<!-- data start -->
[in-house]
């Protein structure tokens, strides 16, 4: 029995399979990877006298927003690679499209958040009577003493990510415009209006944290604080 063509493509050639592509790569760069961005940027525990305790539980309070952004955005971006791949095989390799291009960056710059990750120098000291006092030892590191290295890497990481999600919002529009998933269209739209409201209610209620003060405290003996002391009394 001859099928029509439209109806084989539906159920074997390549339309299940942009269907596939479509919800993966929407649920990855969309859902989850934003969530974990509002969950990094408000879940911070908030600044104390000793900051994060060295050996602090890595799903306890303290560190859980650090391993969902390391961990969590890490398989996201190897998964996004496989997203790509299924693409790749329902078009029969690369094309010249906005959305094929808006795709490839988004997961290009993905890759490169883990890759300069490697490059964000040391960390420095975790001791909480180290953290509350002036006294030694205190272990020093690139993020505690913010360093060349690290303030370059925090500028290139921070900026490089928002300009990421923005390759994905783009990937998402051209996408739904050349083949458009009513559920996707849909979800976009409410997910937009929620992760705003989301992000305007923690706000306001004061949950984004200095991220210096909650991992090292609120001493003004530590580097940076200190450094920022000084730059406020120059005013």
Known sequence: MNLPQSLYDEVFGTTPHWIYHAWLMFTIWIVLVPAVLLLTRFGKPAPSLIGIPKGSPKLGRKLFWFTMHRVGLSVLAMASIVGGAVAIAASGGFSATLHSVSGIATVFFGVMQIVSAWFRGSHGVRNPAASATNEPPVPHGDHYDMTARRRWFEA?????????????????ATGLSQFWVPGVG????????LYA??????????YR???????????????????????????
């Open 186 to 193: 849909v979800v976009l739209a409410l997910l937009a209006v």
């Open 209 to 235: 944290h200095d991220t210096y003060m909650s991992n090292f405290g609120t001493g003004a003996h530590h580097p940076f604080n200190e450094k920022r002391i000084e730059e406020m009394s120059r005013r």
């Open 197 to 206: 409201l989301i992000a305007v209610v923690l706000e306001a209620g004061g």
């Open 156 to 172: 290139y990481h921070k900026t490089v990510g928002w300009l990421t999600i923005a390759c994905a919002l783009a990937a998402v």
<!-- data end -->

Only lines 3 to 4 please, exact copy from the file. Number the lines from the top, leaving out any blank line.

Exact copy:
Known sequence: MNLPQSLYDEVFGTTPHWIYHAWLMFTIWIVLVPAVLLLTRFGKPAPSLIGIPKGSPKLGRKLFWFTMHRVGLSVLAMASIVGGAVAIAASGGFSATLHSVSGIATVFFGVMQIVSAWFRGSHGVRNPAASATNEPPVPHGDHYDMTARRRWFEA?????????????????ATGLSQFWVPGVG????????LYA??????????YR???????????????????????????
């Open 186 to 193: 849909v979800v976009l739209a409410l997910l937009a209006v």